Police moved in at 8:00 a.m. on Wednesday, when the number of demonstrators was at its lowest, to "return life in the capital to normal," said a police spokesman, adding that the five-day demonstration had not been broken up but merely moved onto the pavement. Three people were arrested during the operation.
Local TV stations said some 150 police, accompanied by garbage trucks, appeared early in the morning outside the parliament, moving on protestors and taking away cameras from journalists. A number of TV stations said their journalists had been beaten by police.
Georgian TV also showed footage of Giorgy Khaindrava, an ex-Cabinet minister and an opposition leader, being arrested. The whereabouts of some 200 people who had been on hunger strike outside the parliament were unknown.
The Georgian opposition had picketed all of parliament's entrances and exits, demanding, aside from Saakashvili's resignation, early elections in April 2008, electoral reform, and the freeing of "political prisoners".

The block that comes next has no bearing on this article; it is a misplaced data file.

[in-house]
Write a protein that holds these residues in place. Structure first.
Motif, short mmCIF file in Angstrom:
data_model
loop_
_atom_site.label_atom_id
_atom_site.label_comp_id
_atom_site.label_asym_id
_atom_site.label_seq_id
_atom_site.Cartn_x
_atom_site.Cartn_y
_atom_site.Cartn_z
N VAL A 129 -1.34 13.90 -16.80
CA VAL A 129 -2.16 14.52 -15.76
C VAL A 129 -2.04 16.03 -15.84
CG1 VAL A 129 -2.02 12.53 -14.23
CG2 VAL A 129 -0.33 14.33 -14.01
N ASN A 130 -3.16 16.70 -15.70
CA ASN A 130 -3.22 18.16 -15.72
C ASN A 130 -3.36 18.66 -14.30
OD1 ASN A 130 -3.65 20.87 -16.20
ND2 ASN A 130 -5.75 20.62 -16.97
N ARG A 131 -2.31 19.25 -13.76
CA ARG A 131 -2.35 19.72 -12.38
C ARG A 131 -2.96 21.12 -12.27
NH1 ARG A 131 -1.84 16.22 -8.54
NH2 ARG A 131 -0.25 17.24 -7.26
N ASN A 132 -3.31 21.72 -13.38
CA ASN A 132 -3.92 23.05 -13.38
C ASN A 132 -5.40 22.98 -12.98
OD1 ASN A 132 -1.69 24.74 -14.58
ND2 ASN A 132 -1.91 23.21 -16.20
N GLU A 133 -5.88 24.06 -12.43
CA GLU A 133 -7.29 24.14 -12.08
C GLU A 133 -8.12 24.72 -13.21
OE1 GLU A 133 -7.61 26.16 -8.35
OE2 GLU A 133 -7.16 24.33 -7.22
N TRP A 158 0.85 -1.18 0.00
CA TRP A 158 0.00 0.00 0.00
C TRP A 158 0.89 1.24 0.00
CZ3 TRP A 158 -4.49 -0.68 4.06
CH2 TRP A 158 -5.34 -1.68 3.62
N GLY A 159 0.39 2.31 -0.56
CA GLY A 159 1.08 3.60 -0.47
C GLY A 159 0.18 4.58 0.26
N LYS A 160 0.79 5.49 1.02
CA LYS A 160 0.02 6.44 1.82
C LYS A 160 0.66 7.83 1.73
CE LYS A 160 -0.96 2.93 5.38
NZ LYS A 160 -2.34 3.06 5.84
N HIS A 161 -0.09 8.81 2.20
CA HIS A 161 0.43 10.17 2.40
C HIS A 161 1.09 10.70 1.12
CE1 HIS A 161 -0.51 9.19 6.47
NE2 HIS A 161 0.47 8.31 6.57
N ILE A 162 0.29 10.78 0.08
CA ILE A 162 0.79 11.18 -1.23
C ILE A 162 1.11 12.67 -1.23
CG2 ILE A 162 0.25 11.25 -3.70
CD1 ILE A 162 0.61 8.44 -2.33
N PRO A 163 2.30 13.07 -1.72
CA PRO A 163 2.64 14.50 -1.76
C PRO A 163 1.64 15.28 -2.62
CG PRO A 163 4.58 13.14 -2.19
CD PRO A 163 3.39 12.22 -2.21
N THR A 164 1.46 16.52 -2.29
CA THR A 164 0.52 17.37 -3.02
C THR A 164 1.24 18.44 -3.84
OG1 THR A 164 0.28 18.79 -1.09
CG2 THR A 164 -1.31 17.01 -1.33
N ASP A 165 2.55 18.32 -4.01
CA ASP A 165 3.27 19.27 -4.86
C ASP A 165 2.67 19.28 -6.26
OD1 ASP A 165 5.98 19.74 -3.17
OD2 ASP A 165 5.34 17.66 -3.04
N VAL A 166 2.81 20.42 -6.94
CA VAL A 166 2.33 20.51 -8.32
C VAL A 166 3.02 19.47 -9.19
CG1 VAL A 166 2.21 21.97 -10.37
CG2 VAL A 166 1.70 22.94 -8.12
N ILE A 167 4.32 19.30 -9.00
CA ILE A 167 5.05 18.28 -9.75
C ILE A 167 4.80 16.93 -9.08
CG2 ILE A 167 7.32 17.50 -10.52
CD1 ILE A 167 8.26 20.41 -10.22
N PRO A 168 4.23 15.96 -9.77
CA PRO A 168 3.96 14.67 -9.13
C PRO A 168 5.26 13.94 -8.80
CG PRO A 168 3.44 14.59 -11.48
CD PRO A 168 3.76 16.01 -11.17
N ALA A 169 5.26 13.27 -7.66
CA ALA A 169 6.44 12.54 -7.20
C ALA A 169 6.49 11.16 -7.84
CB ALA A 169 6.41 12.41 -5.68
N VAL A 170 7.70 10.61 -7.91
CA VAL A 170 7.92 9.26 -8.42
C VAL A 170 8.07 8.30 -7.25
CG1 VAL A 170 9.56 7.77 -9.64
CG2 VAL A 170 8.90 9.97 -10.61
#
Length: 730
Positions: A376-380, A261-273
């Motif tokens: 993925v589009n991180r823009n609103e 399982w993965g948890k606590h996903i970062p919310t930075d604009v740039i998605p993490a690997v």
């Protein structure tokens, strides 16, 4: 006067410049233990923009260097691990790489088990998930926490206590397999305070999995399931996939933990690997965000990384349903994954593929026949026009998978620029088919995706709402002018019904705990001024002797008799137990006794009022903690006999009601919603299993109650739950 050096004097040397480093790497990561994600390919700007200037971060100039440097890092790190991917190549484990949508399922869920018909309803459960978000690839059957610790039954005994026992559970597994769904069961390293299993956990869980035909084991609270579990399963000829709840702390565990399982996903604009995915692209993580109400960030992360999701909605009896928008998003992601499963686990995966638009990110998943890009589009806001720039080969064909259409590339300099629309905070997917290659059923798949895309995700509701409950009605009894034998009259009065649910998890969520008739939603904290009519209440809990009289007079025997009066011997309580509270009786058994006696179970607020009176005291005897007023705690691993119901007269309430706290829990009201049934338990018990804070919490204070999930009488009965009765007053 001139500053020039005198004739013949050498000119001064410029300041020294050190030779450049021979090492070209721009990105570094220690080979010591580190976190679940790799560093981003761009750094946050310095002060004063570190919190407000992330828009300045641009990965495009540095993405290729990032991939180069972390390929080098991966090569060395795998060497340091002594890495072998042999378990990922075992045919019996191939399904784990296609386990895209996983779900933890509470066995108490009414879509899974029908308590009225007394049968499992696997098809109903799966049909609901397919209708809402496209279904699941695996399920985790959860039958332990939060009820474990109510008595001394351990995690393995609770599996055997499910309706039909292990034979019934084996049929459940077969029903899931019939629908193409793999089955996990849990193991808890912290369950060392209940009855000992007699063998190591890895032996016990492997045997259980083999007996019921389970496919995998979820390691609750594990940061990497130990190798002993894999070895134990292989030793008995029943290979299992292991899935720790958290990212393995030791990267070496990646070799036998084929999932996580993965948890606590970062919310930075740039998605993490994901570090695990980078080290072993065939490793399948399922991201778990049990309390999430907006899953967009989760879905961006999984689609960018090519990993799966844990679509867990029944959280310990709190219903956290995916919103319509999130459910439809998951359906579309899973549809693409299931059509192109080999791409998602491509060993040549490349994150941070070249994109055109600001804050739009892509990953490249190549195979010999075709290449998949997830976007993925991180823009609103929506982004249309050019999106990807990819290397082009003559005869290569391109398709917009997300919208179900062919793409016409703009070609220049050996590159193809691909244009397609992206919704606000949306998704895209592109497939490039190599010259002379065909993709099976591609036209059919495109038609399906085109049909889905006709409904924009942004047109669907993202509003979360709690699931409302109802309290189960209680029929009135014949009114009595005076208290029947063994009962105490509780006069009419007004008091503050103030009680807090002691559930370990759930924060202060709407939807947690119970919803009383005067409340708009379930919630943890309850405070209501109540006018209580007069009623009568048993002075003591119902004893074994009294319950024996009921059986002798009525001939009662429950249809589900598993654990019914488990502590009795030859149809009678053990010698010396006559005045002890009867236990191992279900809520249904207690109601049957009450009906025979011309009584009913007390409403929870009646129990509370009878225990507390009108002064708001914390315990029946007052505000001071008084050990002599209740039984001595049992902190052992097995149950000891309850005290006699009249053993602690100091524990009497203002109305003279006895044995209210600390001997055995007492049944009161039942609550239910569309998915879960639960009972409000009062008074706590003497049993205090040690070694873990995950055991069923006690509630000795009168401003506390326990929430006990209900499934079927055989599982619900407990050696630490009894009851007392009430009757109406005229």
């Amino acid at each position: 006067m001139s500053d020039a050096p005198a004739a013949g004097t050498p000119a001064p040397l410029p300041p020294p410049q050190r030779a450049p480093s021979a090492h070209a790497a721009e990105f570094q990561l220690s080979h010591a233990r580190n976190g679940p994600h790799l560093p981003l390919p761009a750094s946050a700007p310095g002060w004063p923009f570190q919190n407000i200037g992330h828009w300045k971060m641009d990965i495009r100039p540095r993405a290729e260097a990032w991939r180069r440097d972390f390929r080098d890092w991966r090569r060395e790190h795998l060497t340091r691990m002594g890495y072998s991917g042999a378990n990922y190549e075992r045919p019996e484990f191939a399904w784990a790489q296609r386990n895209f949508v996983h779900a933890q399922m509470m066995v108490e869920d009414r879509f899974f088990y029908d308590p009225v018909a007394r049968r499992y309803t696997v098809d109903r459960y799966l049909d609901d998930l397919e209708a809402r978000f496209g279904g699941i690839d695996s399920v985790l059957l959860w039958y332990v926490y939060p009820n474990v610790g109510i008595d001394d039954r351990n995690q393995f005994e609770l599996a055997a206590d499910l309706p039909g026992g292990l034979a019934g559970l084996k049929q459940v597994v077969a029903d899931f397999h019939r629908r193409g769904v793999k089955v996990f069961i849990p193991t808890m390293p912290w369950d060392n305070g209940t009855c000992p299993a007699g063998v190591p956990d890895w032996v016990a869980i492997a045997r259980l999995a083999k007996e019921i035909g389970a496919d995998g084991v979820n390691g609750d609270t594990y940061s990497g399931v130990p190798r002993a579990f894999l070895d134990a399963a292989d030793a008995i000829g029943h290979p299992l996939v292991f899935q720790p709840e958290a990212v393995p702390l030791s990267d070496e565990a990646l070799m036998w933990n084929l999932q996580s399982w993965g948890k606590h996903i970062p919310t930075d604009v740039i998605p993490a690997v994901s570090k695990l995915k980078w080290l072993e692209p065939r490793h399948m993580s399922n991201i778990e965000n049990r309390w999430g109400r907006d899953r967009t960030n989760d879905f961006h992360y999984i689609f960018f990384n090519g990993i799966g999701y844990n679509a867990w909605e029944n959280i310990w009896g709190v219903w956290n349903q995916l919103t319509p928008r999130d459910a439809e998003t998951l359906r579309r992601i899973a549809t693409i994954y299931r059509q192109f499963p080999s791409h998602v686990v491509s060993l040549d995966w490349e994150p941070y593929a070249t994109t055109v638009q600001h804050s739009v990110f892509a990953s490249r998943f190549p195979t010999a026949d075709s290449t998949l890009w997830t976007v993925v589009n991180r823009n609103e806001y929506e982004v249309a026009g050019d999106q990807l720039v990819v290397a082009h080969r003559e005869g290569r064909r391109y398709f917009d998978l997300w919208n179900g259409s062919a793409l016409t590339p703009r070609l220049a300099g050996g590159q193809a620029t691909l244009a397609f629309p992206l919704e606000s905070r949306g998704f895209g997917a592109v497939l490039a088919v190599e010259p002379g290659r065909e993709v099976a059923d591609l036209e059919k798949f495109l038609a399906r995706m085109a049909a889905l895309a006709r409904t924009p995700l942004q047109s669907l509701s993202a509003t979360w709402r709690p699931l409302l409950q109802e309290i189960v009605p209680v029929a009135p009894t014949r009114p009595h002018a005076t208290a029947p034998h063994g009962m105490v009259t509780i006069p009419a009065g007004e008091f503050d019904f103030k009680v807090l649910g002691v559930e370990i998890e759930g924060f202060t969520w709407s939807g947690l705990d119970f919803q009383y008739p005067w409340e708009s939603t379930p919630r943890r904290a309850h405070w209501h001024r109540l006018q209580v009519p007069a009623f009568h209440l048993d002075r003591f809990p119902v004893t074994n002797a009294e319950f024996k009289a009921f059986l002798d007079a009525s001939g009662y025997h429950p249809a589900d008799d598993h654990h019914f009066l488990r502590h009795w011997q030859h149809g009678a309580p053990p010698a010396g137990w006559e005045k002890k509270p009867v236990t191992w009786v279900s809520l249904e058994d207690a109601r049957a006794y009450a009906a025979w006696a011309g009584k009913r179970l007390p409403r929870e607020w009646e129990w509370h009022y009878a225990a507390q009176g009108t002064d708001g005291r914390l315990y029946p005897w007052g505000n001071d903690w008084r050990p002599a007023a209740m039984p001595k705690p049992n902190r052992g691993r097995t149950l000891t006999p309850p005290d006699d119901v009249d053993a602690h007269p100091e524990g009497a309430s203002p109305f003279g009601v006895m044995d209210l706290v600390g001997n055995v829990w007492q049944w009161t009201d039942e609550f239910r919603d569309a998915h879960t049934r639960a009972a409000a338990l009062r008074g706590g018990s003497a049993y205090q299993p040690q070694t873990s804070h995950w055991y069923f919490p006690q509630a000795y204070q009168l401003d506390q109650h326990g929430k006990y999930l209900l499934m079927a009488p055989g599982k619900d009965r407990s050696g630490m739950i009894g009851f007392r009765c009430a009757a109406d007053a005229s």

At the peak of the protests, between 50,000 and 100,000 people, according to different estimates, rallied on Friday, the first day of Georgia's worst unrest since the 2003 "rose revolution" that brought Saakashvili to power.
Saakashvili is accused by opponents of corruption, totalitarian tendencies, and of overseeing failed economic reforms.
The president has flatly rejected the opposition's demands, and accused Russia of orchestrating the unrest in the ex-Soviet Caucasus state.
Russia's foreign minister, Sergei Lavrov, dismissed the charges as absurd on Tuesday. "I would not like to comment on the actions of this political figure. The farce that accompanied the Georgian leadership's actions is obvious to all."